‘Captain,’ she started.

‘I will never drop this guise,’ he said, ‘not unless you specifically request it. To do otherwise would be a betrayal. I know you are no longer a child, but this is the face you know, and it is one I am comfortable wearing.’

‘I have questions,’ she said. ‘They’re not important, but they’re also ones I wanted to ask you, not just pull up on the Agency wiki.’

‘You may ask one for now,’ he said, as he released her arm, then turned to unlock an office door.

‘Are you like Ryan? Like an agent?’

‘No,’ Hook said as he pushed the door wide. ‘My dear, I am something far closer to you. I was born human, I’m now something more.’ He turned to her, his blue eyes still sad. ‘The story is yours to hear, should you wish to, but another day.’

The office was almost ridiculously like Ryan’s – a desk, a couch, a coffee table. The difference was in the details – in that, there were details. Ryan’s space was Spartan, his few touches of personality few and far between, as though he was worried about disturbing a pristine space.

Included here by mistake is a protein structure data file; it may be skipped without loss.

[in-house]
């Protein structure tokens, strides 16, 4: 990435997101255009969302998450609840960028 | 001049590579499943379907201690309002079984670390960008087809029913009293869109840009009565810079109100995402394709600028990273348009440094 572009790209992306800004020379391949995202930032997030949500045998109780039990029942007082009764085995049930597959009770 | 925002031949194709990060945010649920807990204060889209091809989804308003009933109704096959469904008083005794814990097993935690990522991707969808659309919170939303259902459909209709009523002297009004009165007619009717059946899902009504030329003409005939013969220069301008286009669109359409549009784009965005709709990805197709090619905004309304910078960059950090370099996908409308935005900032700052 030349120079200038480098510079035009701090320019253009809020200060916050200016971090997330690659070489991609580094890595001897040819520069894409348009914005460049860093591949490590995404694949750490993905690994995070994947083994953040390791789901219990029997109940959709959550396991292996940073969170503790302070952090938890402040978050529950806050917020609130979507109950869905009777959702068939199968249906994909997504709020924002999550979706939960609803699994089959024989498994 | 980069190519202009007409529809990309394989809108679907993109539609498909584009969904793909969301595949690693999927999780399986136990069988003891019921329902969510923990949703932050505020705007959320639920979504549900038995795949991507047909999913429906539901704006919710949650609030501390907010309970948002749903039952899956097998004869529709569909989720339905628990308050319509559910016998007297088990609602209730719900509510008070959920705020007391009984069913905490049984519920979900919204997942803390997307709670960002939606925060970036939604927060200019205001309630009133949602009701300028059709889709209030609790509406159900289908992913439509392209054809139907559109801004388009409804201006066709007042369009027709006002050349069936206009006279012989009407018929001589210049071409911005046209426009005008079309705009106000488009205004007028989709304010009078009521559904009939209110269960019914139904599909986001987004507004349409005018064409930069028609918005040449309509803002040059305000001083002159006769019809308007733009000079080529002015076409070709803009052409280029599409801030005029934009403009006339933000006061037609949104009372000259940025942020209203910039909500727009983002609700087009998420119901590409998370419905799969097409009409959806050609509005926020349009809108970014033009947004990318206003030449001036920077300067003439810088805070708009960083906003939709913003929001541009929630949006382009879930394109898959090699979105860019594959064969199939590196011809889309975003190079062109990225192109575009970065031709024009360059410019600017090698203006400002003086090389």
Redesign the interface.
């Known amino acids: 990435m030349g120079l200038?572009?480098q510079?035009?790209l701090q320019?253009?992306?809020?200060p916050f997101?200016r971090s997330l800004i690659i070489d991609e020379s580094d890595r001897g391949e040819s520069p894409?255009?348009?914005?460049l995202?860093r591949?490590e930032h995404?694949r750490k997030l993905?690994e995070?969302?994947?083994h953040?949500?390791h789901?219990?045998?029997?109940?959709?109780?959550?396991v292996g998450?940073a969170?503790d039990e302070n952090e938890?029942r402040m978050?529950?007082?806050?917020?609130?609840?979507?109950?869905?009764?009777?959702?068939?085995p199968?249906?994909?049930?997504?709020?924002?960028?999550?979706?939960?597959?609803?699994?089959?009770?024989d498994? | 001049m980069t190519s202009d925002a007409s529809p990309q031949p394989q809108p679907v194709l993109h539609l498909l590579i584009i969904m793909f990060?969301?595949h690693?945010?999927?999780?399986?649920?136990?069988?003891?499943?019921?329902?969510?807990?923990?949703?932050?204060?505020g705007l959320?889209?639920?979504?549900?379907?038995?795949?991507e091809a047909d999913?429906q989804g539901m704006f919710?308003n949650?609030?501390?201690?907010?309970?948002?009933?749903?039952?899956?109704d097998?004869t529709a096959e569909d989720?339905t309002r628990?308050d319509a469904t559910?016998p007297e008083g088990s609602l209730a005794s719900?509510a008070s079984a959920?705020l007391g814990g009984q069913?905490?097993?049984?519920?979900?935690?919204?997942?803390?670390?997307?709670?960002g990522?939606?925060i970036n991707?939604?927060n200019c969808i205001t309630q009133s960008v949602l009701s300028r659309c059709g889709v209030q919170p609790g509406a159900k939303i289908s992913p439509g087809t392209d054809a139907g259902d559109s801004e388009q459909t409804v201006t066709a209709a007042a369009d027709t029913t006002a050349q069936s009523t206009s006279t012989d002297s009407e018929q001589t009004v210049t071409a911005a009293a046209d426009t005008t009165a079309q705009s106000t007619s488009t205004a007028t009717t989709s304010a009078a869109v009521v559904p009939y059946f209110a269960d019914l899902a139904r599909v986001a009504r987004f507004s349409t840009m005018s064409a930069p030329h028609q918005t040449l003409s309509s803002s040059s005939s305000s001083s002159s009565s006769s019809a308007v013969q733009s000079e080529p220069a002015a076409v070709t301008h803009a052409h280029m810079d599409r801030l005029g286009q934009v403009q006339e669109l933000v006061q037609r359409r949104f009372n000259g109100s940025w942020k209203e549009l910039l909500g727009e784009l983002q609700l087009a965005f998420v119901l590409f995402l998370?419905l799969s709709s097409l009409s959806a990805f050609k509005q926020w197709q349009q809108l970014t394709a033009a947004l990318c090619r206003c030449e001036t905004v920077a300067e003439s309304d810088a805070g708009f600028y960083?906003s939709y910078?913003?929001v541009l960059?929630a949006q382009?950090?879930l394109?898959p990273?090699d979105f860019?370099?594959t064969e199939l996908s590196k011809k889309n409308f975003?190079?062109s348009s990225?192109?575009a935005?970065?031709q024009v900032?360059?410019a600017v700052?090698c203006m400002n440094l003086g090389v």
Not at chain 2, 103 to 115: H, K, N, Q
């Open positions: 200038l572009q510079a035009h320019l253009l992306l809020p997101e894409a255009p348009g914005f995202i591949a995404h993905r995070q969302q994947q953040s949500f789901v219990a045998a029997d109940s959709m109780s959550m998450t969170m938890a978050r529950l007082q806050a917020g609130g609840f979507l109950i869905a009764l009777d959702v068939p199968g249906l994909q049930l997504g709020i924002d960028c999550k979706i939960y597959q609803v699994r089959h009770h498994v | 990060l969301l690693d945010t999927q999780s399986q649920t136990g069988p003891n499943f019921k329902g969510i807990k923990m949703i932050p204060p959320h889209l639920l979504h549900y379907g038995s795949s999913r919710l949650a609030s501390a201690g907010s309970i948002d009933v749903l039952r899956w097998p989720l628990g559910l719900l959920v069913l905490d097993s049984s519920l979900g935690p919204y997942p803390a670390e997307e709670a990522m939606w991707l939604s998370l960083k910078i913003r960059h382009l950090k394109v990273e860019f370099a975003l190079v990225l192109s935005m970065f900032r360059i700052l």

Hooks’s office held framed art, and a hundred photos of children. Small knickknacks lines shelves, and crayon drawings wallpapered a three-metre wide section of wall near his desk.

Her Captain sat on the couch. ‘One of my charges is in danger, and I am unable to help him.’ He pulled a photo from the pocket of his coat, and held it out towards her.

Stef walked forward, and took the photo, then sat on the couch beside him. The photo was of a happy-looking boy – probably six or seven years old. ‘Austin,’ Hook said. ‘Son of a recruit and an agent. His mother died. His father is…not raising the boy well. He thinks his child is weak, and he is doing everything he can to make him less so.’